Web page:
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Economy in Brief

U.S. Income Surged Due to Stimulus Payment
by Tom Moeller June 27, 2008

Nominal personal income surged 1.9% during May as the government's tax rebate checks began to be mailed out. The gain by far exceeded Consensus expectations for a 0.4% increase, although excluding rebates income rose just 0.4%.

Disposable personal income also surged. The 5.7% month-to-month jump lifted the three-month growth rate to 28.2% (AR), the fastest since early-1975.

Wage & salary income rose a lesser 0.3% (4.6% y/y) after a 0.1% decline during April. As a result of weakness in the monthly gains, the annualized three-month growth in wages amounted to just 2.7% versus a 5.8% rise during all of last year. Factory sector wages rose 0.1% (1.8% y/y) after a downwardly revised 0.4% April decline. Wages & salaries in the private service-providing industries rose 0.3% (+5.2% y/y) after a slight 0.1% dip in April. Wages in the government sector rose 0.3% (5.1% y/y) but three-month growth fell to 4.1%.

Interest income fell 0.3% (+0.1% y/y) for the eighth straight month of decline. The flat reading for y/y growth follows 5% to 14% growth during each of the prior three years. Dividend income rose a firm 0.6% (9.7% y/y) but here too growth is well below that of the prior four years.

The PCE chain price index doubled expectations with a 0.4% increase, driven by a 0.8% rise in nondurables (energy) prices. The core PCE price index, however, fell short of Consensus forecasts and rose just 0.1%. That continued weakness left the three-month growth in core prices at 1.8%, its weakest since the middle of last year. Easier or stable gains have been registered for goods prices, however, services prices grew at a firmer 4.0% annual rate during the last three months, nearly double the growth at the middle of last year.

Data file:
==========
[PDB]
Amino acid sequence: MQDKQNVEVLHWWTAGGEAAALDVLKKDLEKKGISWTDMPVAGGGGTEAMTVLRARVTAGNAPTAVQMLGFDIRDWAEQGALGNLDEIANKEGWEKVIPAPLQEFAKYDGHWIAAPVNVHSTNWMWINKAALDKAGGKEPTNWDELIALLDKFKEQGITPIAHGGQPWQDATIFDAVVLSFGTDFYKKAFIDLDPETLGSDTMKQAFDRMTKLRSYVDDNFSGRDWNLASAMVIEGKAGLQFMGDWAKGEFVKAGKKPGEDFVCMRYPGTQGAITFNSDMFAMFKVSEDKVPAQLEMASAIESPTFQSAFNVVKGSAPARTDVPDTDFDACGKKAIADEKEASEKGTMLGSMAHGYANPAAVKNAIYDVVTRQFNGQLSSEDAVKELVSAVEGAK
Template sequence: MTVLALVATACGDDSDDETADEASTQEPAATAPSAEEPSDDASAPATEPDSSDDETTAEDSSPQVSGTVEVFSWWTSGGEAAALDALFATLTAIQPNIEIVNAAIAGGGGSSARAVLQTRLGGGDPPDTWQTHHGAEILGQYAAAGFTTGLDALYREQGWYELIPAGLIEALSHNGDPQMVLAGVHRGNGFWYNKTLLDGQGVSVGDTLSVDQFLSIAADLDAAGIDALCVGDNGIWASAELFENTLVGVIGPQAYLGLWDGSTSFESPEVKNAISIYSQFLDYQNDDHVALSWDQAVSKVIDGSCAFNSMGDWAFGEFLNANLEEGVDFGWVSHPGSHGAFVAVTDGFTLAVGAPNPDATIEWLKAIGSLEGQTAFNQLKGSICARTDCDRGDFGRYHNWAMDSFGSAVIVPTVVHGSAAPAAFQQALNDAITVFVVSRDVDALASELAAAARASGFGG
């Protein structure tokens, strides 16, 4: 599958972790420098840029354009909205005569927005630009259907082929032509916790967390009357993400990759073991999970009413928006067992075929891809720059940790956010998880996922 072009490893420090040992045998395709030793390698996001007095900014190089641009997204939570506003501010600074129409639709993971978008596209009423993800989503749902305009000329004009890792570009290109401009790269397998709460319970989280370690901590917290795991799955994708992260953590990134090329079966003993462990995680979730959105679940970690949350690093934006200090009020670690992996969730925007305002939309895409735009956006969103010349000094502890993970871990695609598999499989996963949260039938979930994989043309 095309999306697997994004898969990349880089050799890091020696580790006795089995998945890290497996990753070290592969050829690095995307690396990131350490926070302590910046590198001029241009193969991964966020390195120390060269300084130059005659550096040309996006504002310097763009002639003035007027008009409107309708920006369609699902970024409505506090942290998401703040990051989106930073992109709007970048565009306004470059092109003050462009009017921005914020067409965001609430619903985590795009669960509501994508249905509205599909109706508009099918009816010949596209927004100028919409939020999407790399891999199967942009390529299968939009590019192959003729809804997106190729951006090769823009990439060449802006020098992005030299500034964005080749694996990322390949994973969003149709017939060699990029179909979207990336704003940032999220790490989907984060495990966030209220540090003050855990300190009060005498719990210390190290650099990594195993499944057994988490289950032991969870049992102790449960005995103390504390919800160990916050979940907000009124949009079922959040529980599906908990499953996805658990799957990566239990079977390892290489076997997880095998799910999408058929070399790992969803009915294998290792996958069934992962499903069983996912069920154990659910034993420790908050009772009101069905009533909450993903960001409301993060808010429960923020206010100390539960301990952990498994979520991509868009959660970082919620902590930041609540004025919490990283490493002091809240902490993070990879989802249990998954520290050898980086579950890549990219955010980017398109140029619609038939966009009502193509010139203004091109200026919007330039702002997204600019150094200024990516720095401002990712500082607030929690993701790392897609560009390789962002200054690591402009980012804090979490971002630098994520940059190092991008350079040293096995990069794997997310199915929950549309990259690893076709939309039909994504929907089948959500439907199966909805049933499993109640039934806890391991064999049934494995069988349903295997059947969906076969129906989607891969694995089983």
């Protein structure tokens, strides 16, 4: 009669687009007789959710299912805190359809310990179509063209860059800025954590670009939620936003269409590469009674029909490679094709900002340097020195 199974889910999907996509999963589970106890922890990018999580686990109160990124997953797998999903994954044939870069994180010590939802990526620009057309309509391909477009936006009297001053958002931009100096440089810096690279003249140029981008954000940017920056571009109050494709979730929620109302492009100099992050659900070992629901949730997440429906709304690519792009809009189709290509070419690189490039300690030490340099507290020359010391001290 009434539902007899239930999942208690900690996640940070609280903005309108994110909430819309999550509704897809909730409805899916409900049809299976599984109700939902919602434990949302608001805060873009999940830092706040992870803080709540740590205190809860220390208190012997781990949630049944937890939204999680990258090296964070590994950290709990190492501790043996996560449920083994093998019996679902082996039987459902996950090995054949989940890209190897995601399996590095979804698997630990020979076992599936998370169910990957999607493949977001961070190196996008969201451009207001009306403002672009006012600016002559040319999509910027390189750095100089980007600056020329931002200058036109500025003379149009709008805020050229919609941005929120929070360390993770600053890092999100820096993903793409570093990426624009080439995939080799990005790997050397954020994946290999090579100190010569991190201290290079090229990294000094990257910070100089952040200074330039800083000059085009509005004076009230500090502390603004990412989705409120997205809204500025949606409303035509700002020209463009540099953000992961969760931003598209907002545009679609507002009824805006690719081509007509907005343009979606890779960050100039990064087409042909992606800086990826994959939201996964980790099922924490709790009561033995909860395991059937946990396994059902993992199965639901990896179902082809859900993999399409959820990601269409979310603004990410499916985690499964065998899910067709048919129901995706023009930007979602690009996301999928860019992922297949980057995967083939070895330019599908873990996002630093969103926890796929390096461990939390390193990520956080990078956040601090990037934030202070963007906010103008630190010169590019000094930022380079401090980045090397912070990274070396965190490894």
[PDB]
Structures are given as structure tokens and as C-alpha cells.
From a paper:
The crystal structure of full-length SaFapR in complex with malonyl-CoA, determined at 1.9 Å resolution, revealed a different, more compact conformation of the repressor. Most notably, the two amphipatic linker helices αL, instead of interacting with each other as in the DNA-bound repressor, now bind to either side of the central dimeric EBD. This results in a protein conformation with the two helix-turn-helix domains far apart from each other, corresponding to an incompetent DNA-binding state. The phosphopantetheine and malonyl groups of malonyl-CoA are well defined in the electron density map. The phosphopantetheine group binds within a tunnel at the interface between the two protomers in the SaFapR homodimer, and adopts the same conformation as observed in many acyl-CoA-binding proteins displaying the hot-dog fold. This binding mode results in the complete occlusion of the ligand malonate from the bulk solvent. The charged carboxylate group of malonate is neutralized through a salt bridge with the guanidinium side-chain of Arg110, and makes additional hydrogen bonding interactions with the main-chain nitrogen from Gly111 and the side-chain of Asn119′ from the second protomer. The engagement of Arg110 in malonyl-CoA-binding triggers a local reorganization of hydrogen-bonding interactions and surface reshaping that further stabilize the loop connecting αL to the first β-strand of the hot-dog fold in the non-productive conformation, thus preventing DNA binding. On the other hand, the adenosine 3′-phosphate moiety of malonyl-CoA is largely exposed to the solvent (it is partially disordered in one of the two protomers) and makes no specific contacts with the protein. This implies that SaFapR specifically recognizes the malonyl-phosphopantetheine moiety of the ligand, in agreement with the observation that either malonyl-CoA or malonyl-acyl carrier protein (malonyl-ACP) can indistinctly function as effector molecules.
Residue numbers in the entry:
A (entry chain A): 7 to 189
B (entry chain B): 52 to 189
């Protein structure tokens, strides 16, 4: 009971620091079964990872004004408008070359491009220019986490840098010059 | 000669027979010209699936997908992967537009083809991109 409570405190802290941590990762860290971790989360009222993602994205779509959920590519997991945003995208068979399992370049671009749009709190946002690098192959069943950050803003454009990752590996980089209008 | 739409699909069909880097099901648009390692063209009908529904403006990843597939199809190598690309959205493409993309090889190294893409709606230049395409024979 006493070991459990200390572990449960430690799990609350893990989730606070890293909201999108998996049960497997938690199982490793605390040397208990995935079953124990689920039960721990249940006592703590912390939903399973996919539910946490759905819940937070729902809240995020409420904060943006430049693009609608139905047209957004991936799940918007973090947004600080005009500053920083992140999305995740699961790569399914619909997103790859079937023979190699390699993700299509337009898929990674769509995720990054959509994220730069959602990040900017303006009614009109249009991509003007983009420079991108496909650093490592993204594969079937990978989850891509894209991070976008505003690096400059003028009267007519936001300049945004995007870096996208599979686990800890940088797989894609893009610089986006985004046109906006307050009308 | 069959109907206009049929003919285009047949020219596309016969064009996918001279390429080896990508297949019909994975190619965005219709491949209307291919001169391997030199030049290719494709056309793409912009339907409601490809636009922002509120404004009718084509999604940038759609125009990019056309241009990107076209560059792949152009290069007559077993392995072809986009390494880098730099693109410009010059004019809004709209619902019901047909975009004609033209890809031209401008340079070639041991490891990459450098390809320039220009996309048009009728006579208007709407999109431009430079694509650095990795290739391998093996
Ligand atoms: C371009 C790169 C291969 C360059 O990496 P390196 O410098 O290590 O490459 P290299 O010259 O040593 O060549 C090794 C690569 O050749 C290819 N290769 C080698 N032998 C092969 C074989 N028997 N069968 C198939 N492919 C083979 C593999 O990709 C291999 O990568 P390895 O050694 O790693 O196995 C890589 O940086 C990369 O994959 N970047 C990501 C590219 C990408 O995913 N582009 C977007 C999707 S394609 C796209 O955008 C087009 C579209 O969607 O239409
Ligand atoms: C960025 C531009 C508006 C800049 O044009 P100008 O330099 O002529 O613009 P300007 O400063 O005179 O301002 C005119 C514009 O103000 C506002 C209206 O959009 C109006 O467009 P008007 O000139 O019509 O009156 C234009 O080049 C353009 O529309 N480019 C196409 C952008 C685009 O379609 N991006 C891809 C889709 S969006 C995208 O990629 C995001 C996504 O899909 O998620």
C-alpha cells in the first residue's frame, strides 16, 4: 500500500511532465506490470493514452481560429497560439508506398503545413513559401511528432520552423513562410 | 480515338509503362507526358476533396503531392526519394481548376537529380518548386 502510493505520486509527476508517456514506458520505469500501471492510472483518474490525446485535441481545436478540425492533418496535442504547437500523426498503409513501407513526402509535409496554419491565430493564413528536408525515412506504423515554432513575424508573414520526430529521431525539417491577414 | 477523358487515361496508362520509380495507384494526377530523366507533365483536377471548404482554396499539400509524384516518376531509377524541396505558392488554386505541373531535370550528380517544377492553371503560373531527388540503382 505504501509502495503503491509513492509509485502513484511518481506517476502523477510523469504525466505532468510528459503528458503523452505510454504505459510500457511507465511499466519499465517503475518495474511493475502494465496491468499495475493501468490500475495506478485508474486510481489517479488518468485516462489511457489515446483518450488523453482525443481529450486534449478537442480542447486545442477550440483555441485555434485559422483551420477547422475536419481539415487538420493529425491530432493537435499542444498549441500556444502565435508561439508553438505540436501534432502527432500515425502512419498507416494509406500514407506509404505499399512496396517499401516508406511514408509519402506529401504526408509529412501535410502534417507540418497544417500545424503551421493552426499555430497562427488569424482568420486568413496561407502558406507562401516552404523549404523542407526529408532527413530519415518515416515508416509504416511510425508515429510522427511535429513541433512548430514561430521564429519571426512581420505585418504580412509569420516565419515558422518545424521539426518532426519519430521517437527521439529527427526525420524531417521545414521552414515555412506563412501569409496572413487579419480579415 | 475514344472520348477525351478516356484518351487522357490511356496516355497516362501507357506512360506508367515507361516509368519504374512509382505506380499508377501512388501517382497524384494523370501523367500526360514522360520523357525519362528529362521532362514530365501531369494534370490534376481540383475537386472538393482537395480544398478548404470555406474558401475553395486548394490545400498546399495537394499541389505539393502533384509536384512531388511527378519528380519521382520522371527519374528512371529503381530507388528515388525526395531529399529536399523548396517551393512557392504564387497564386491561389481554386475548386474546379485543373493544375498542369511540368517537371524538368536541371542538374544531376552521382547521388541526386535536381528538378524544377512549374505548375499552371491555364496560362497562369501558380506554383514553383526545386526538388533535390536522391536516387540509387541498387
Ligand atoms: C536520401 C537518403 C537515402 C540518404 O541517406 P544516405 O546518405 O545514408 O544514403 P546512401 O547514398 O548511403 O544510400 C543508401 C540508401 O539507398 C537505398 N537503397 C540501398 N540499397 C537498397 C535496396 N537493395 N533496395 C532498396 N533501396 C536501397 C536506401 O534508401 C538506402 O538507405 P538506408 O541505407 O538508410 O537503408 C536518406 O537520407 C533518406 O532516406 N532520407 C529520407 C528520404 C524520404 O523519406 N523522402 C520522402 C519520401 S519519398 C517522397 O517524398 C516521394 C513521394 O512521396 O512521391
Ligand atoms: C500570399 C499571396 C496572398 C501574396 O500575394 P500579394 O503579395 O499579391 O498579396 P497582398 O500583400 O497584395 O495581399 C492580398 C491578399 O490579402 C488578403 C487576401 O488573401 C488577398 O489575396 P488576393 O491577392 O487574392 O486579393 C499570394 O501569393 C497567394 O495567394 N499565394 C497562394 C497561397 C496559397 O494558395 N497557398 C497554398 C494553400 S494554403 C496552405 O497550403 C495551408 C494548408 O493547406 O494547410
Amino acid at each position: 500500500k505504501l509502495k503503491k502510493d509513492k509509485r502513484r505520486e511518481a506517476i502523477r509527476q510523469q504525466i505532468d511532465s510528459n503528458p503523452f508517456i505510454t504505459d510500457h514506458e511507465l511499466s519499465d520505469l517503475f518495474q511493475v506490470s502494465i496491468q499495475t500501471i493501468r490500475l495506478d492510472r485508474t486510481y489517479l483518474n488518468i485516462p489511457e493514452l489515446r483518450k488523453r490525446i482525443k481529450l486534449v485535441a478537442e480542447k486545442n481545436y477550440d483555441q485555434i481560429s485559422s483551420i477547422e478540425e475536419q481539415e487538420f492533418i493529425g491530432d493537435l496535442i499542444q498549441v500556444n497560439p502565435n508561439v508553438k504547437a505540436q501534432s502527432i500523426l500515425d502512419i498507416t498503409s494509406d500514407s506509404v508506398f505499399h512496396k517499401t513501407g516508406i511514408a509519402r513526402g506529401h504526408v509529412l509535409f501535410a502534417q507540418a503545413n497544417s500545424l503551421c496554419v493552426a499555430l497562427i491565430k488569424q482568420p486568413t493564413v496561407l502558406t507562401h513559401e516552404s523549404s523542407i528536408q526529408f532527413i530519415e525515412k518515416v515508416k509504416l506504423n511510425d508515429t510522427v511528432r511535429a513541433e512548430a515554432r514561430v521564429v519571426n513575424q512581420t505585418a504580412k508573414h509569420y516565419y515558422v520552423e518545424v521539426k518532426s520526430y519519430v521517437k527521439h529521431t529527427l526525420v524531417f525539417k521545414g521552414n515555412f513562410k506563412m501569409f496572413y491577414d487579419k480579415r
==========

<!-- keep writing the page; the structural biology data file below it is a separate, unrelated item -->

Personal consumption expenditures surged 0.8% last month, driven higher by the rise in gasoline prices. Adjusted for price inflation, real spending still was firm and rose 0.4%, the strongest increase since August of last year. The gain lifted the three-month rate of increase to 3.1% (AR).

Though annualized growth in spending on motor vehicles was negative over the last three months, spending elsewhere strengthened. Real spending on furniture soared at a 15.4% rate, apparel spending jumped at a 10.5% rate and real growth in spending on gasoline & oil (if you can believe it) jumped at a 14.5% rate. Recreation spending also grew at an accelerated 4.4% during the last three months. These and other detailed spending figures are available in Haver's USNA database.

The personal savings rate surged to 5.0% as a result of the rebate checks not having all been spent.

Disposition of Personal Income (%) May April Y/Y 2007 2006 2005
Personal Income 1.9 0.3 6.4 6.2 6.6 5.9
  Disposable Personal Income 5.7 0.4 10.7 5.7 5.9 4.7
Personal Consumption 0.8 0.4 5.4% 5.5 5.9 6.2
Saving Rate 5.0 0.4 0.2 (May '07) 0.5 0.4 0.5
PCE Chain Price Index 0.4 0.2 3.1 2.5 2.8 2.9
  Less food & energy 0.1 0.1 2.1 2.1 2.2 2.2
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